May 21, 2013
Obama-Romney debate shows little understanding of world affairs
From the red corner (or was it the blue? The US has it own political jargon) Barack Obama sallied forth to do battle with the challenger Mitt Romney and, by asking him what exactly would he do to cure their country’s economic and social woes, soon had him against the ropes. Mitt fought back by insisting that whatever Obama had been doing these last four years had proved worse than useless but he had a “five-point plan” that would save the all-important middle class from sliding into destitution. While the televised set-to was entertaining enough, neither contestant seemed to have the slightest idea of what was happening in the world. Both men took it for granted that “recovery”, that is a return to the, in retrospect, easy-going days before those toxic mortgages poisoned the planet’s financial system and governments started worrying about the colossal debts they had contrived to pile up, could be brought about without anyone, with the possible exception of a few greedy plutocrats, having to sacrifice very much.
With elections just a few weeks away, such happy talk was only to be expected. Politicians do not win many votes by telling people that hard times are coming for most of them and they had better resign themselves to straitened circumstances. From a presidential candidate’s point of view, it is far more sensible to treat trillion-dollar deficits as a minor inconvenience that can be easily absorbed than it would be to admit that, unless they are, living standards could plummet much as they have in Greece and Spain, and did in Argentina barely a decade ago. In some parts of the US, among them bits of California and the manufacturing “rust belt”, that is already happening.
On the whole, the US is in far better shape than Europe, let alone China, the current economic poster boy because which despite still being far poorer per capita than Argentina, it has been growing for years at a spanking pace. US demographics look fairly healthy, it has plenty of oil, gas, farmland and other natural resources, and it leads the way in advanced technology. But even with its considerable advantages, it will find adapting to the often bewildering changes that are about to take place anything but easy. Sky-high unemployment is fast becoming “structural”, the gap between the comfortably off and the rest seems certain to get much wider, and as the baby-boom generation retires, many of its members will share the fate of millions of Argentine pensioners who, after paying into the system for decades, have been fobbed off with a wretched pittance.
Obama and Romney are keen on manufacturing. They want their compatriots to go back to making tangible things instead of leaving it to the Chinese and other East Asians. But thanks to technological progress, more and more of the hands-on work required will be done by machines. So too, for that matter, will an increasing proportion of clerical and managerial tasks. This being the case, getting middle-class people who have been rendered superfluous to work on what Obama once described as “shovel-ready projects” will not be very helpful. As well as having to sweat, they would be obliged to accept wages low enough to allow them to compete with their Chinese and Mexican counterparts, a prospect few find very attractive. Once upon a time, the then governor of Buenos Aires Province, Eduardo Duhalde, thought that banning robots in his jurisdiction would be in most people’s interest. Were a US administration to try it in a desperate attempt to keep the future at bay, the geopolitical consequences would surely be unfortunate.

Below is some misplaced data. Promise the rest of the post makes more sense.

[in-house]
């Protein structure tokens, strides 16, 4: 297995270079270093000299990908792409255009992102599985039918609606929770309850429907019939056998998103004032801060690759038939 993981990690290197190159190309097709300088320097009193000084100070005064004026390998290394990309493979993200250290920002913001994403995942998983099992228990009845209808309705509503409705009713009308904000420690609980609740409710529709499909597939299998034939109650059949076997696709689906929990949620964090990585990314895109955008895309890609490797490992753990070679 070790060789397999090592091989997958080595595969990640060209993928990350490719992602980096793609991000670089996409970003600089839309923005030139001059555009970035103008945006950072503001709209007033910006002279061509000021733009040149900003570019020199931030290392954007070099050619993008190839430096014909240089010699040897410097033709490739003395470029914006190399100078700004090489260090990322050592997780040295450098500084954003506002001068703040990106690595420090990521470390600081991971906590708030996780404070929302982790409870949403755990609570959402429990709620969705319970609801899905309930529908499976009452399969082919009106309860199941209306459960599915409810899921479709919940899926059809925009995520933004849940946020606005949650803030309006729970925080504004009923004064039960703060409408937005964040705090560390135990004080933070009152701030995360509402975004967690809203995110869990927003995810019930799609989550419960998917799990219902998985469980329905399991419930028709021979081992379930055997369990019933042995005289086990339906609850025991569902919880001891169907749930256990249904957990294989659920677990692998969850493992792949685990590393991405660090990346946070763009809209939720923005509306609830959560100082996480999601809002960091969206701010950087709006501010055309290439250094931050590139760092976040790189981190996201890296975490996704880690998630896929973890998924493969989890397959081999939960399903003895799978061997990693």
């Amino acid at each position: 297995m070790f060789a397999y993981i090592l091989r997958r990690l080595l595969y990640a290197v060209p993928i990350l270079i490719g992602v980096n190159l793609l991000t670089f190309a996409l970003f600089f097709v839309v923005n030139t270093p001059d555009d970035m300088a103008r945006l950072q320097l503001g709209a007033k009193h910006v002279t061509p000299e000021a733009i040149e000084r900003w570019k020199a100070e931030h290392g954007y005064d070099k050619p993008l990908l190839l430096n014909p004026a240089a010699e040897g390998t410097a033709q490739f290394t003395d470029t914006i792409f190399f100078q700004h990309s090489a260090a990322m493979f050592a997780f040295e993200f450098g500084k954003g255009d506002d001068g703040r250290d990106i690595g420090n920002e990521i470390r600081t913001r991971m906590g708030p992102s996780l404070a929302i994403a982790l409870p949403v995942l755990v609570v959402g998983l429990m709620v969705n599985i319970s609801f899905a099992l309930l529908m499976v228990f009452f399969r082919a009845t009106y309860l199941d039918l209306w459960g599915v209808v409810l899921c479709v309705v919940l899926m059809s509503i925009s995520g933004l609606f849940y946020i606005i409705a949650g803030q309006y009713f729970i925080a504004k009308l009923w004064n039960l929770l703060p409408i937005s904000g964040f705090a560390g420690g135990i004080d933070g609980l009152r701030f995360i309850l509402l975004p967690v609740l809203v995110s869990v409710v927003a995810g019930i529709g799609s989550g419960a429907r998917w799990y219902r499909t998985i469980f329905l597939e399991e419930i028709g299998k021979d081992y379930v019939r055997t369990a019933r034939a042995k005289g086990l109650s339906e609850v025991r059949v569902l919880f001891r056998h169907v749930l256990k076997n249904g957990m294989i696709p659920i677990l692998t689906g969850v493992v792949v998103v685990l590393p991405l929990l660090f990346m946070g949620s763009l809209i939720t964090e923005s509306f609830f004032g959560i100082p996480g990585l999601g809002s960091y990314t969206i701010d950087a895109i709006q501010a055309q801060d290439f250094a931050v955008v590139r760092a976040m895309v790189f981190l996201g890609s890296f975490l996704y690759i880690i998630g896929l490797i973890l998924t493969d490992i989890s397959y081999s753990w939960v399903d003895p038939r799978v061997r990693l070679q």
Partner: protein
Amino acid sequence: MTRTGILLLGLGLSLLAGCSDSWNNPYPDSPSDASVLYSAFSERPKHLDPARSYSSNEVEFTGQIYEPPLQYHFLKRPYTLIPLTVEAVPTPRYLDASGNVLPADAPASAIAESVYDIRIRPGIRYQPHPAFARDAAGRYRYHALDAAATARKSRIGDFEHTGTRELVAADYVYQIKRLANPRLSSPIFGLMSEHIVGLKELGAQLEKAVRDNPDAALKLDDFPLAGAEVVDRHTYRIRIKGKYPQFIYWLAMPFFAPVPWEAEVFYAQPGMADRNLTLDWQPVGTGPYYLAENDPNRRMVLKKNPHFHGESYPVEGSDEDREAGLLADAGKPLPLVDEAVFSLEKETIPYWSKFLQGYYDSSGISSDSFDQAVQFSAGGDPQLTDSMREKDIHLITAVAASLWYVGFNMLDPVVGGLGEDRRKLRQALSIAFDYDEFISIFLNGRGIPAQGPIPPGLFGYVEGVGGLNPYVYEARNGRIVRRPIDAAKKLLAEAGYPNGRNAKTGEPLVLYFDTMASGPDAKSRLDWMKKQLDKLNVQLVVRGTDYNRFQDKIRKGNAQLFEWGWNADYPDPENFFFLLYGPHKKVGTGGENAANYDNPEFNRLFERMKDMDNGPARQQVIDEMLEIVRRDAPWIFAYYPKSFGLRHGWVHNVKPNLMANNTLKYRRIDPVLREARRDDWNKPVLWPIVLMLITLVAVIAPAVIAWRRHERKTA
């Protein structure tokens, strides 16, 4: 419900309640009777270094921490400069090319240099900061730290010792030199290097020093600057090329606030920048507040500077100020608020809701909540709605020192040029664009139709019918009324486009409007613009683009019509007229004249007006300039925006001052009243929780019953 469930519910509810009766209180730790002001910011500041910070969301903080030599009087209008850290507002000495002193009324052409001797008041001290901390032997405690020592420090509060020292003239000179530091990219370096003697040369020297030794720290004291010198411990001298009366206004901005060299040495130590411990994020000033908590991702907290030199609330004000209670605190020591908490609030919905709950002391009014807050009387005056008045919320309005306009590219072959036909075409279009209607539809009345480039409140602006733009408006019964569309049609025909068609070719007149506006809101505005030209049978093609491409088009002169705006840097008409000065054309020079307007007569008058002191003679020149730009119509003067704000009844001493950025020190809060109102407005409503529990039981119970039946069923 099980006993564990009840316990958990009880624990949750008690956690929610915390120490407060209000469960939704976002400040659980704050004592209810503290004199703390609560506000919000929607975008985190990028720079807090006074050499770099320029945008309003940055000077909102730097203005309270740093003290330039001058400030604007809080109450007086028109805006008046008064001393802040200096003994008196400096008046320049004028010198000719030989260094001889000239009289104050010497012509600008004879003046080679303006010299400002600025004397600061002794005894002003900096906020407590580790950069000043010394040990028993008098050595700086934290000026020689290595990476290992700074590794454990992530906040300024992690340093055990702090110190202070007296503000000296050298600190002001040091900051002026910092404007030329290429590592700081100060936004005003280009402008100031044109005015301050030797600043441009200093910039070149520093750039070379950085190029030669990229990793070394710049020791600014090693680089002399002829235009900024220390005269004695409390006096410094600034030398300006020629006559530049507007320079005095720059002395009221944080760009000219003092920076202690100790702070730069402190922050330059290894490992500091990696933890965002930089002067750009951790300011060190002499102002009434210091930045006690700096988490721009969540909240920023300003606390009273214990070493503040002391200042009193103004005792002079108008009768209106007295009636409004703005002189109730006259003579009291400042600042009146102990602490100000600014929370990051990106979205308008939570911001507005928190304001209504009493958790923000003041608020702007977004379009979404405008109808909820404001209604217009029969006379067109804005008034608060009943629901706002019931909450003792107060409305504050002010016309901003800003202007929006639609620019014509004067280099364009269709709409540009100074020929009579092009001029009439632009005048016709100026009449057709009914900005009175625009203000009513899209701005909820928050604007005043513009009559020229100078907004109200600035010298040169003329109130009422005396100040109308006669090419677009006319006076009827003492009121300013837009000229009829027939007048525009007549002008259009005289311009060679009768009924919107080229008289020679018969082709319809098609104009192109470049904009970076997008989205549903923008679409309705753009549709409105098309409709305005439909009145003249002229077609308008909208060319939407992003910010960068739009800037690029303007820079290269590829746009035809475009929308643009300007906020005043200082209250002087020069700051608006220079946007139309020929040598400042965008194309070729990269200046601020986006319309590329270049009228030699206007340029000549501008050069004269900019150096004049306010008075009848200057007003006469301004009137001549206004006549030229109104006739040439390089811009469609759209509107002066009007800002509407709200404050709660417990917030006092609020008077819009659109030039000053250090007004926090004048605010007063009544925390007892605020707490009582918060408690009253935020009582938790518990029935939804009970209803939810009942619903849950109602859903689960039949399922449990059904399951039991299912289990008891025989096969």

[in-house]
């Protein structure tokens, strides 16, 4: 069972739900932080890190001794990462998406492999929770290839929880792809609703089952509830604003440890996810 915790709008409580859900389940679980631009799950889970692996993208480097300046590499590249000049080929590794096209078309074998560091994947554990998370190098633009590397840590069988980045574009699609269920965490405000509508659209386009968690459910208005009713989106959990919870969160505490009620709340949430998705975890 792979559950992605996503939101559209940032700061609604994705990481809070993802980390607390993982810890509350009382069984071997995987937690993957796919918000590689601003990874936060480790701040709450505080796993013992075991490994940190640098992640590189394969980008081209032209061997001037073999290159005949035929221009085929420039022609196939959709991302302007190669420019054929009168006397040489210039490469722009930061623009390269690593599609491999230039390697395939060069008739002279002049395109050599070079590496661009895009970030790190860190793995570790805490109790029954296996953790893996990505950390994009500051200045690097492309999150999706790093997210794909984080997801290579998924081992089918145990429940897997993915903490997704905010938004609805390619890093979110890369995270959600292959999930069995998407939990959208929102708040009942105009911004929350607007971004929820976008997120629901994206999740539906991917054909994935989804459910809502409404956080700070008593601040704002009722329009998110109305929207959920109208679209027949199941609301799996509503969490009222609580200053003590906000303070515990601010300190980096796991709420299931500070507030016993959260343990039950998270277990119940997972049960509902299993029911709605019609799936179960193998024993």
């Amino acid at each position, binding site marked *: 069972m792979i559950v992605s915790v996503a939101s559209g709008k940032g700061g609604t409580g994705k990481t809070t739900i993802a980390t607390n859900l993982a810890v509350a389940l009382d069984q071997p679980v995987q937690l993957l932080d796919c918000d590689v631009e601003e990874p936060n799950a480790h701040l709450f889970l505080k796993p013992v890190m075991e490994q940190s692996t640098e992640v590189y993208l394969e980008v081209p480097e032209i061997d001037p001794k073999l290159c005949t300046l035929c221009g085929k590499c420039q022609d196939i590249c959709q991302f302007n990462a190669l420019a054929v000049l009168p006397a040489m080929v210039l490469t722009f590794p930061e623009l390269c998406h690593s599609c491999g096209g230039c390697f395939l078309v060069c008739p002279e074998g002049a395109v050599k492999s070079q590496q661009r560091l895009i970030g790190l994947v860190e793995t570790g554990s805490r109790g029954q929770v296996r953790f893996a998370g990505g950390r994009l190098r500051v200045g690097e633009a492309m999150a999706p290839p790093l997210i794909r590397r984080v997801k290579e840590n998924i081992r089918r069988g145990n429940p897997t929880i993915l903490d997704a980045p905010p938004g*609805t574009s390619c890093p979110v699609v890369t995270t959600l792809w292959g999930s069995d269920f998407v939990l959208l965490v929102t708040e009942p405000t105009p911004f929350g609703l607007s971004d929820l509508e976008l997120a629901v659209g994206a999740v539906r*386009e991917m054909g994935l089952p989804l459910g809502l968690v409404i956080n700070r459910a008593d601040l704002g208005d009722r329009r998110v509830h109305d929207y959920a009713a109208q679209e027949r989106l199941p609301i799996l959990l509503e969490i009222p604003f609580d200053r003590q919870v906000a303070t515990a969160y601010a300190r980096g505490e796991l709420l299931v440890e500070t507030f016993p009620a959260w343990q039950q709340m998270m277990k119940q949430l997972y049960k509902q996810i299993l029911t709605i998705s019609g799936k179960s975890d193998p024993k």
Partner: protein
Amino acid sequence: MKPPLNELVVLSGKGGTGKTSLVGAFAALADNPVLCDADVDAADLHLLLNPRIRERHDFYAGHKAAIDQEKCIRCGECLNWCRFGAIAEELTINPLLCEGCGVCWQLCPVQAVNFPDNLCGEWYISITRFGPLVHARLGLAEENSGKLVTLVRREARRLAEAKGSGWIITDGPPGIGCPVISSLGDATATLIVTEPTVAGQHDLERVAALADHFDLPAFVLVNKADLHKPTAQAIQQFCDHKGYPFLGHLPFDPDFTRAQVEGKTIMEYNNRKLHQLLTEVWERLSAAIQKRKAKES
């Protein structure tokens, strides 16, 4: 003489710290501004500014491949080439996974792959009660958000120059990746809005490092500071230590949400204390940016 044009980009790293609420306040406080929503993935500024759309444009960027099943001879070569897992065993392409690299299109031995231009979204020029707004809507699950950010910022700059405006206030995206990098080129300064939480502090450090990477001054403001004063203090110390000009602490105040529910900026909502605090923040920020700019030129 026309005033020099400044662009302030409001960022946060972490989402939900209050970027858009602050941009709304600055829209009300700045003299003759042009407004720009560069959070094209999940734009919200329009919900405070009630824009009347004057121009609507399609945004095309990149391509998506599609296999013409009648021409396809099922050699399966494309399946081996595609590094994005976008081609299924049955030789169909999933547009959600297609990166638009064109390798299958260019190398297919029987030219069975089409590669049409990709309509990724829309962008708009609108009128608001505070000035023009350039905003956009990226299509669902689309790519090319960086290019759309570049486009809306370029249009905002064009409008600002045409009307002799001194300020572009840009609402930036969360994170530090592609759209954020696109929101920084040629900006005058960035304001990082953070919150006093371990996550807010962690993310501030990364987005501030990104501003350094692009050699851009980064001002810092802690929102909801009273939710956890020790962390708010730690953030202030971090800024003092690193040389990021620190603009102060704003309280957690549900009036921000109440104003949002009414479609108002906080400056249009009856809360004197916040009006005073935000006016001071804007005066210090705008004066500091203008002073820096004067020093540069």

Like many politicians elsewhere, the two North Americans who are slugging it out for the privilege of remaining, or becoming, “the most powerful man in the world”, think education is the key to most of their country’s problems. But they also feel obliged to take an egalitarian approach and assume that virtually everyone should be able to acquire the skills needed for them to prosper in the high-tech, marvellously productive and debt-free US they seem to imagine is waiting for them just over the horizon. That is nonsense. Though with a bit of effort most people could do rather better than they have up to now, there are limits to what the majority are able to achieve. To make matters worse, as Obama is well aware, the US education system has been deteriorating for decades. There is little chance of it improving quickly enough to provide the results he and Romney would like.
As far as most North Americans are concerned, “it is the economy, stupid”. But the reigning superpower cannot simply leave the rest of the world to its own devices in the hope that others will then treat it kindly. Much as isolationists may dislike the idea, their rulers must choose either to intervene abroad in an effort to shape events or stand aside and run the risk of seeing malevolent enemies, encouraged by what they think are signs of weakness, attack US interests with increasing ferocity, as some are currently doing in North Africa, the Middle East, Afghanistan and Pakistan. Obama talks softly but carries a big stick; drone strikes have become routine. Romney would talk in a louder voice because he thinks it would cow the holy warriors and others of a similar cast of mind. Romney may be right, but things being as they are the rhetoric coming from the White House would be unlikely to make much of a difference.